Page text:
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Oscar Fingal O'Flahertie Wills Wilde was born in 1854 in Dublin. His father was the eminent surgeon Sir William Wilde and his mother a literary hostess. Studying classics first at Trinity College in Dublin, before going on to Magdalen College, Oxford, Wilde proved to be a brilliant scholar - winning the Newdigate Prize for his poem 'Ravenna'.
His first collection, Poems, was published in 1881 shortly before he embarked on a one-year lecture tour of North America.
After 1890 Wilde had increasing success on stage with his shrewd and sparkling comedies, Lady Windermere's Fan (1892), A Woman of No Importance (1893), An Ideal Husband (1895) and his masterpiece, The Importance of Being Ernest (1895). Wilde's last play Salom‰ written in French, was refused a licence in London but was later adapted for opera by Richard Strauss. Translated by Wilde's close friend Lord Alfred Douglas ('Bosie'), it later appeared for publication in England.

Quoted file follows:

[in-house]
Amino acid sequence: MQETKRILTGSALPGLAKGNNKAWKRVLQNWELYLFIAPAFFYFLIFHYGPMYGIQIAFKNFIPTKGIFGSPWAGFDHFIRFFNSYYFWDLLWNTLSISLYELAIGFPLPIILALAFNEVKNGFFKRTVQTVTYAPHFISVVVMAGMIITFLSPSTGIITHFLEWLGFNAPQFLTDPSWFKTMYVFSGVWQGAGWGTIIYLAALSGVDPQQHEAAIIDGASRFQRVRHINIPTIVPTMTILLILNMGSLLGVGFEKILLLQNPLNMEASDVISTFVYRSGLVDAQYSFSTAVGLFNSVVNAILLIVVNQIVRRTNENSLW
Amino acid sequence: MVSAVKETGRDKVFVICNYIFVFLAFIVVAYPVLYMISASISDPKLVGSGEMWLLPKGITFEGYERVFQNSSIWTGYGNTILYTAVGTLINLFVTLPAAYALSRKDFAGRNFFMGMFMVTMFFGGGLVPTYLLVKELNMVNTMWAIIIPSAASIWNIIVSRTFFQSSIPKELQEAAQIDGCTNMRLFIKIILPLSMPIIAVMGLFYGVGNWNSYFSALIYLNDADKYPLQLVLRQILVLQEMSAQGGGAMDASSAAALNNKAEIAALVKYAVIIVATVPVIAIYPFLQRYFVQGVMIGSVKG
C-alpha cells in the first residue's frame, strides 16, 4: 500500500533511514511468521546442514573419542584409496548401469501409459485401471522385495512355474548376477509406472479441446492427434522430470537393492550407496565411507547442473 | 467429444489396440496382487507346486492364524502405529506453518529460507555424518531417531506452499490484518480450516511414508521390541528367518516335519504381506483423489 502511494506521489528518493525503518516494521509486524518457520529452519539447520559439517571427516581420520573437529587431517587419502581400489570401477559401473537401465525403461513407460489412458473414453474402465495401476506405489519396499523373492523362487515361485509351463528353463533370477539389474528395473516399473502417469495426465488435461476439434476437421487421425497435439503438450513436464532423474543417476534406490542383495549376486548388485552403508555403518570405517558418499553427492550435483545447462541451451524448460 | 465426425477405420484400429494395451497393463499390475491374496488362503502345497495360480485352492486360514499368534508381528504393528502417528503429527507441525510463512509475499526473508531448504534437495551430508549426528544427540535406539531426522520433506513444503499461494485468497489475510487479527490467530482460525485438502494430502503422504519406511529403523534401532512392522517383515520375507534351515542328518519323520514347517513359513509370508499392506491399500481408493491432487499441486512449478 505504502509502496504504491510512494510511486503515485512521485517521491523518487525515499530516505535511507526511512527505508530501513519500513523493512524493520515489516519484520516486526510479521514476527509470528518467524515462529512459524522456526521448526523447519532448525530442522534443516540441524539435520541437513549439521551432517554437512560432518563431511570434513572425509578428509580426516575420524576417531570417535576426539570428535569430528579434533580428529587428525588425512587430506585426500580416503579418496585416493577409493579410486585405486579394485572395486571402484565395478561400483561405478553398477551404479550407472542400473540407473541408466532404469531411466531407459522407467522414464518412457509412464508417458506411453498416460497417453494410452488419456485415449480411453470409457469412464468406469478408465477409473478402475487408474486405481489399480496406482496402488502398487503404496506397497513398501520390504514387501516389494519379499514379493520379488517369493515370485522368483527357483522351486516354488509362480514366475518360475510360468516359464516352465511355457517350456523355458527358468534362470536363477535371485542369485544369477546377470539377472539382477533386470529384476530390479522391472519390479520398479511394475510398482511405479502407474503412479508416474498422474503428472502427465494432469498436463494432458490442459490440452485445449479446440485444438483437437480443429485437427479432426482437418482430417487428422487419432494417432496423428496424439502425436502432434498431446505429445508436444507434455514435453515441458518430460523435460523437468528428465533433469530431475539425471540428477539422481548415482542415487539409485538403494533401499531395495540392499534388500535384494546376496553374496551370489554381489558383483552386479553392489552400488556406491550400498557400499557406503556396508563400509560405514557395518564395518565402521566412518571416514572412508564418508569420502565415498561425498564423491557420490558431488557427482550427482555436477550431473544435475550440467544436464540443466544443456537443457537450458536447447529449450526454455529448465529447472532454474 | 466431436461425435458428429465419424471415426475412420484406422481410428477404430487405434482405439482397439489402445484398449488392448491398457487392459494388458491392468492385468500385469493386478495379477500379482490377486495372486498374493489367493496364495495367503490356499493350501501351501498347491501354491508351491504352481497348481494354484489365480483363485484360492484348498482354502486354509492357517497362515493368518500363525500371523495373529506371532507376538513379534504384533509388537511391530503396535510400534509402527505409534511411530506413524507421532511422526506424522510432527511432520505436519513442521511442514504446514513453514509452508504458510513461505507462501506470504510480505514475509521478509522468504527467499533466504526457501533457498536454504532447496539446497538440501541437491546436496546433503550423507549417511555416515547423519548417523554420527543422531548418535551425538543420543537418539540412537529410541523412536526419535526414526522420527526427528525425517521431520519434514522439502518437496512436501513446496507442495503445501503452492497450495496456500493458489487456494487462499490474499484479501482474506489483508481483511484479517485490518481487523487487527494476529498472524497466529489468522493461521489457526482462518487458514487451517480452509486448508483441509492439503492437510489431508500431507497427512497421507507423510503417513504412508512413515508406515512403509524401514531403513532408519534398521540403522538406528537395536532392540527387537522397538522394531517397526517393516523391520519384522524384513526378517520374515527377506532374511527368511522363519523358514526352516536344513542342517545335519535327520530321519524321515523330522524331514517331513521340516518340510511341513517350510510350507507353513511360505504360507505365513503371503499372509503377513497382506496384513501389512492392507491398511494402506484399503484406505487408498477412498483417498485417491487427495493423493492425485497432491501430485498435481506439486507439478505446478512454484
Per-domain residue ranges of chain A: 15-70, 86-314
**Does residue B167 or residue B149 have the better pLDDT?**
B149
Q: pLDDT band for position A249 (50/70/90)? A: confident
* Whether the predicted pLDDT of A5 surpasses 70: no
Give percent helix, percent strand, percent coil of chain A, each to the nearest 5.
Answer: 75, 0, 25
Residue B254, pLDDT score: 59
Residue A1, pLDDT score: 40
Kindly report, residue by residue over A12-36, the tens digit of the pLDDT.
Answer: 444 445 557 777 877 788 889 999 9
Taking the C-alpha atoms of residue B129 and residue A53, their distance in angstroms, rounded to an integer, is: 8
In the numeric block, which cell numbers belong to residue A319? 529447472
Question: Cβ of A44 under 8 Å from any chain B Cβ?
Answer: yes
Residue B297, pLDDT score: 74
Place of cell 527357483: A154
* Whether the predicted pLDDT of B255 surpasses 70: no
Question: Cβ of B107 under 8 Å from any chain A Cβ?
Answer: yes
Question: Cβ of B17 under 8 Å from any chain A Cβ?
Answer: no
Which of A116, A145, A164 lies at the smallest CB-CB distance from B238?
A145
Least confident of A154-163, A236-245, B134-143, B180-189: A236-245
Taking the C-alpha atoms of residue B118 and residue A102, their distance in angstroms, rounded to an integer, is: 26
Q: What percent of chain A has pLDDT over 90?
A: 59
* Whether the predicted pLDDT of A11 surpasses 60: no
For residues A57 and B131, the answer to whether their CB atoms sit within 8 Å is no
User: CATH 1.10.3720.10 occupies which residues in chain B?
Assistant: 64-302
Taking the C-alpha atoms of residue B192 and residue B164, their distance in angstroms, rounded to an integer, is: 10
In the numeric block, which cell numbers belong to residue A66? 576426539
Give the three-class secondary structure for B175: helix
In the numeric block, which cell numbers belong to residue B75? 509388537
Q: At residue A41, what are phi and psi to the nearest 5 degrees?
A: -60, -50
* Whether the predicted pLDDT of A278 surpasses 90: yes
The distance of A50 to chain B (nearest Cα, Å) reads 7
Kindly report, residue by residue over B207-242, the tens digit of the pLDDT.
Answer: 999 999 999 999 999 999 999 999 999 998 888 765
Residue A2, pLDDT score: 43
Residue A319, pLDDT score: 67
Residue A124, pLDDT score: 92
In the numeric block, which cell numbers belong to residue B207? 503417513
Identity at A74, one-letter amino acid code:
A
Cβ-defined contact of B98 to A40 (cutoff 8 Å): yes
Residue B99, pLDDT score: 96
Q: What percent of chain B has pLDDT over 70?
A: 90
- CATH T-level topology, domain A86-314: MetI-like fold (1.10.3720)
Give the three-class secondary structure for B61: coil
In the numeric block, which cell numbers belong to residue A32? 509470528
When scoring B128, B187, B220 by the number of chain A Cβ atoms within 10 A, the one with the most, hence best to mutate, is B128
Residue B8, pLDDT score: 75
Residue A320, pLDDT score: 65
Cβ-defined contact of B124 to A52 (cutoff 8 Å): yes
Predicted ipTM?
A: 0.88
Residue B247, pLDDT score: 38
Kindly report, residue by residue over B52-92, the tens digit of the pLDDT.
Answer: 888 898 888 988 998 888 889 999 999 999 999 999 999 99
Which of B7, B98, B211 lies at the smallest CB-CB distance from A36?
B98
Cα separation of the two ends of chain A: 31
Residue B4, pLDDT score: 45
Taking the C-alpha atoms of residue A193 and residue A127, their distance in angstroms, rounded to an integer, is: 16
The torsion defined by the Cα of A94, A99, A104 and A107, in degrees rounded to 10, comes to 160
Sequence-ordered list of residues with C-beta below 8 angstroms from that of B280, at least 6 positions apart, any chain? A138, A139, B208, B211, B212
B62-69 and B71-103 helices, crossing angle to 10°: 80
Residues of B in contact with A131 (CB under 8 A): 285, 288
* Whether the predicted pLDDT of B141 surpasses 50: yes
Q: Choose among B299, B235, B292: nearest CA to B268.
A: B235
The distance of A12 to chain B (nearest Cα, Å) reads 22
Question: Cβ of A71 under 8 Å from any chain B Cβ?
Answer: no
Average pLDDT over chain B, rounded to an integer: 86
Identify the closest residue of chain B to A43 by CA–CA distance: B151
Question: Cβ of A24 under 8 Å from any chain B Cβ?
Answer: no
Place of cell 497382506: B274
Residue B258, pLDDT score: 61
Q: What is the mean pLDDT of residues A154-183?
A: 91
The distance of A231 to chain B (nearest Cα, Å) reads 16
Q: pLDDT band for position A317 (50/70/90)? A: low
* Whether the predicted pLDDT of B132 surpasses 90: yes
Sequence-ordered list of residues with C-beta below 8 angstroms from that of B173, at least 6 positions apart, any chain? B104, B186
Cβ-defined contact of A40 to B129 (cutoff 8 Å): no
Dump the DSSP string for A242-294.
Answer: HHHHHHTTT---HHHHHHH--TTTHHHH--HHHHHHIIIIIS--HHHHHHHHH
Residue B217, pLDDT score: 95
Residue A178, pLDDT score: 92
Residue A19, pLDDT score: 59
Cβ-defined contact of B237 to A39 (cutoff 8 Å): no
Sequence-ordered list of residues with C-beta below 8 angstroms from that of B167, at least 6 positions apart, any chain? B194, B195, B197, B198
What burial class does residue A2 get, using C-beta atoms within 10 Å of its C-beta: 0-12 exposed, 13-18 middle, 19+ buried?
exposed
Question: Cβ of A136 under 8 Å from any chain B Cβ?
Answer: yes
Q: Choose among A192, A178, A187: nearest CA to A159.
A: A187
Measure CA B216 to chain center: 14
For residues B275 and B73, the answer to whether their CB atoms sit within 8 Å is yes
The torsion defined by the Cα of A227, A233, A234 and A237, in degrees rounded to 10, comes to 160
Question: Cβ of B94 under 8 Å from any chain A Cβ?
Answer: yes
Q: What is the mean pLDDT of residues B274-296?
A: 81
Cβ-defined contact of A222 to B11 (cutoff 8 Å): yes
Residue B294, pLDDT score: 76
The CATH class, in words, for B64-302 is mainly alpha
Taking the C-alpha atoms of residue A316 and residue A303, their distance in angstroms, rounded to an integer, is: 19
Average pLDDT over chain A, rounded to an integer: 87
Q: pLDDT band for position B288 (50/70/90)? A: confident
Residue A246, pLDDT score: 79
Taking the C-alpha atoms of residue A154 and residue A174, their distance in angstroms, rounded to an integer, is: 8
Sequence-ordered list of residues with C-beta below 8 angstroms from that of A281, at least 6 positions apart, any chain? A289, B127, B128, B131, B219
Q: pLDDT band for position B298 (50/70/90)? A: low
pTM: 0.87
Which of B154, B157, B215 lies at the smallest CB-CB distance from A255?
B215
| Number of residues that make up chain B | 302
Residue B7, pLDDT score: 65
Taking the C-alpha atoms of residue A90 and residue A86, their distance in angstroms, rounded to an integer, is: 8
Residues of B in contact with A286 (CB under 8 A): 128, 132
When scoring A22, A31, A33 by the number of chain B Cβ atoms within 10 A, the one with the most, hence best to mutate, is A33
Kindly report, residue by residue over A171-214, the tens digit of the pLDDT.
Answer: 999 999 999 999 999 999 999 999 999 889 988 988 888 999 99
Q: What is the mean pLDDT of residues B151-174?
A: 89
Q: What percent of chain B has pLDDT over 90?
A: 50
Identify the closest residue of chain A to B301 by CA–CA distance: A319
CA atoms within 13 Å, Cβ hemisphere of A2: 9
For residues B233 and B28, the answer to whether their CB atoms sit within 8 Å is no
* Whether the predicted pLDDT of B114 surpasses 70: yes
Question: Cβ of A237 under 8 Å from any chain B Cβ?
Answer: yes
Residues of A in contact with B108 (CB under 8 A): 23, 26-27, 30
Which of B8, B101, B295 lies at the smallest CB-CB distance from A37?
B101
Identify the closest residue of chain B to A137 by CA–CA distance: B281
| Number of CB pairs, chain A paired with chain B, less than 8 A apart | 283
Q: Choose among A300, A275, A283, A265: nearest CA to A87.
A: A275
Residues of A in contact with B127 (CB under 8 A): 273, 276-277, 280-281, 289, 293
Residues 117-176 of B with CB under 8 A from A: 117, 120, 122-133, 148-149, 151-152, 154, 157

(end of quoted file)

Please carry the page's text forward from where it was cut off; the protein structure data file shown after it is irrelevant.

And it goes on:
Douglas's father the Marquess of Queensberry strongly disapproved of the notorious playwright and after he publicly insulted Wilde, a quarrel ensued which eventually led to Wilde's imprisonment for homosexual offences. He was sentenced to two years with hard labour, which left him on his release in 1897, bankrupt and weakened. Relying on the generosity of friends he went to live in France, adopting the name of Sebastian Melmoth. While here he wrote his most famous poem The Ballad of Reading Gaol. Wilde died in exile in France in 1900.
Source: Penguin Web Site (http://www.penguin.co.uk/penguin/authors/643.html). Accessed March 13th 1998.
The University of Toronto English Library is a project of the Department of English and the Faculty of Arts and Science, funded by the Provost's Electronic Courseware Fund. UTEL was created by Ian Lancashire, Christopher Douglas, and Dennis G. Jerz. We wish to thank the University of Toronto Information Commons, and the members of the Centre for Academic Technology, especially John Bradley, Ian Graham, and Allen Forsyth. See individual Works pages for other credits. The author portrait is reproduced from The Oscar Wilde Gallery (http://www.geocities.com/RainForest/Vines/2537/oscar.html). Accessed March 13th 1998.
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